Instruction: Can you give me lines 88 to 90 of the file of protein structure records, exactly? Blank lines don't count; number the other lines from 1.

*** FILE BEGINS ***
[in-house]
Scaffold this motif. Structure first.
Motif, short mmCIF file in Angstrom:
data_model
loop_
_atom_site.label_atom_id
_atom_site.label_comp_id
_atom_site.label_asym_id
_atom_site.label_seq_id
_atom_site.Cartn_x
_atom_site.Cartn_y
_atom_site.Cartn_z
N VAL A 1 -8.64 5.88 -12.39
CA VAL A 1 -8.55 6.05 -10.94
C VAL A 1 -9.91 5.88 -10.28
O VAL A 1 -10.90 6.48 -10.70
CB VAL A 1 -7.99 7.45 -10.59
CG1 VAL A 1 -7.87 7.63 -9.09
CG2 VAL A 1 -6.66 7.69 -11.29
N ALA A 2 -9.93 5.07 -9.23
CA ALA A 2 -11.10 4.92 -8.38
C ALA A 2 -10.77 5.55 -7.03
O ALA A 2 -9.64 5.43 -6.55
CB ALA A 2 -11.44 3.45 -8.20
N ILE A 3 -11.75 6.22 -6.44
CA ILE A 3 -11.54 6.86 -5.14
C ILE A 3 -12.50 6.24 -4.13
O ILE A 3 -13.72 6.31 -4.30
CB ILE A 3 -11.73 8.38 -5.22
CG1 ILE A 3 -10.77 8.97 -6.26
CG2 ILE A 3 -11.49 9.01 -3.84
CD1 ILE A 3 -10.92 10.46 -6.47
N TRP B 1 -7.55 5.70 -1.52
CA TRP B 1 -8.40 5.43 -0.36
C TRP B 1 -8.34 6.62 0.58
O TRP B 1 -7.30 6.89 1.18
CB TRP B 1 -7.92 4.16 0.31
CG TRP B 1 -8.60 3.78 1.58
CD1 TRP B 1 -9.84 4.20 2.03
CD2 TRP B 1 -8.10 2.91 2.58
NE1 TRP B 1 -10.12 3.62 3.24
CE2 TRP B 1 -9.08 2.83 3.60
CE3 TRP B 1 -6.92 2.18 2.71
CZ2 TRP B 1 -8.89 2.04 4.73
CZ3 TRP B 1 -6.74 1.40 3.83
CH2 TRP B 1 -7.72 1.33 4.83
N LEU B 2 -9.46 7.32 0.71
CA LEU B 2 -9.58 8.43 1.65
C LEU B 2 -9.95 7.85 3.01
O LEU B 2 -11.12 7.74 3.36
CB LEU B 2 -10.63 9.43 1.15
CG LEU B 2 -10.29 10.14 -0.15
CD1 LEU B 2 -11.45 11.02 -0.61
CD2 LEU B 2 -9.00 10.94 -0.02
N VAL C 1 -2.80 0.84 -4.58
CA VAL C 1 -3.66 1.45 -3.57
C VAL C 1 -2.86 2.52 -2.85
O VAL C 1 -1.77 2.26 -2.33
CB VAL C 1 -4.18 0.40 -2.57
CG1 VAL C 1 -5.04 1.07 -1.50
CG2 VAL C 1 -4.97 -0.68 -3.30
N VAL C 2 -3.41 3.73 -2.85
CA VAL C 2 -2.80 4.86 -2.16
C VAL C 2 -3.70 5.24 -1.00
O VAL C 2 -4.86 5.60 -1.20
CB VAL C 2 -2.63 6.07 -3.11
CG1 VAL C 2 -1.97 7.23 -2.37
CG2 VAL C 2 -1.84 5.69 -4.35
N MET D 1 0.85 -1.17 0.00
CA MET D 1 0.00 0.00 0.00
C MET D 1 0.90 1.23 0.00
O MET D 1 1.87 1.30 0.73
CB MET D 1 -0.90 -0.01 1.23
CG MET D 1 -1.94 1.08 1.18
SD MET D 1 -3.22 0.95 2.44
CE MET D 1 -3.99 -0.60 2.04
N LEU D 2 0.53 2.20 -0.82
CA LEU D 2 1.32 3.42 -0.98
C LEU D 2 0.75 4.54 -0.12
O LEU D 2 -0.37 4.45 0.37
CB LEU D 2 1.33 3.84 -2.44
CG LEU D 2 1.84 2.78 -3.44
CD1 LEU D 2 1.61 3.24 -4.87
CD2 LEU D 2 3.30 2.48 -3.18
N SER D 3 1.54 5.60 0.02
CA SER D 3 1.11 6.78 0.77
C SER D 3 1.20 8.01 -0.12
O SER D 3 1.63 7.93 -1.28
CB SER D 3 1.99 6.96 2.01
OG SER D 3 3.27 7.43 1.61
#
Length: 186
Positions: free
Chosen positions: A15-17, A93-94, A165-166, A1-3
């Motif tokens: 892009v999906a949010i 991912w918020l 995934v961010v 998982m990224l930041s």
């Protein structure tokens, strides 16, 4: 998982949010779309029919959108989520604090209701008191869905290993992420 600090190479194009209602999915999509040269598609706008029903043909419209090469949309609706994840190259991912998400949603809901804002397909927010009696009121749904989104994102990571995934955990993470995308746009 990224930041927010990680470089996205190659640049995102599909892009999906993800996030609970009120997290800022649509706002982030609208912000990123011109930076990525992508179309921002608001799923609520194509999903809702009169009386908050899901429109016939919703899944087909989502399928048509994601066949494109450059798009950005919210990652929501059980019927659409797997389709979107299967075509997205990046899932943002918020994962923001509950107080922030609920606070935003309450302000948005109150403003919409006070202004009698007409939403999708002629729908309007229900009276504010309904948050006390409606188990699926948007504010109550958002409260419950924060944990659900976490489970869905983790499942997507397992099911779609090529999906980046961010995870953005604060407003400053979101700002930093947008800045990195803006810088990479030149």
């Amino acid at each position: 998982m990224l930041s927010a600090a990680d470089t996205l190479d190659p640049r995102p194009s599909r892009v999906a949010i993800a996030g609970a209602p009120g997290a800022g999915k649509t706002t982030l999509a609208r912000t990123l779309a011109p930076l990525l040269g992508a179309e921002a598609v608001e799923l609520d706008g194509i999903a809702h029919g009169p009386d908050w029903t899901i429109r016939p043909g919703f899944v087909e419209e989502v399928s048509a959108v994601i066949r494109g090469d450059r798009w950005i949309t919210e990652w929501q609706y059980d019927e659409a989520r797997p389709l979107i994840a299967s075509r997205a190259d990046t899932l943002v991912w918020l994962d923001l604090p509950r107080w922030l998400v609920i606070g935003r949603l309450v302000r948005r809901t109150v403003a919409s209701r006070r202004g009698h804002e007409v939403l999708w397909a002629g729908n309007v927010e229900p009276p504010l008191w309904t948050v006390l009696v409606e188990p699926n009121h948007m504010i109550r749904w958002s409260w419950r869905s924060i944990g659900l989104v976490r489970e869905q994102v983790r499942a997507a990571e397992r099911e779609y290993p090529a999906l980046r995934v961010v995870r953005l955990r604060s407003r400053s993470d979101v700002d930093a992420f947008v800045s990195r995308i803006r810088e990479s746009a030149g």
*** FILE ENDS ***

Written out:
O SER D 3 1.63 7.93 -1.28
CB SER D 3 1.99 6.96 2.01
OG SER D 3 3.27 7.43 1.61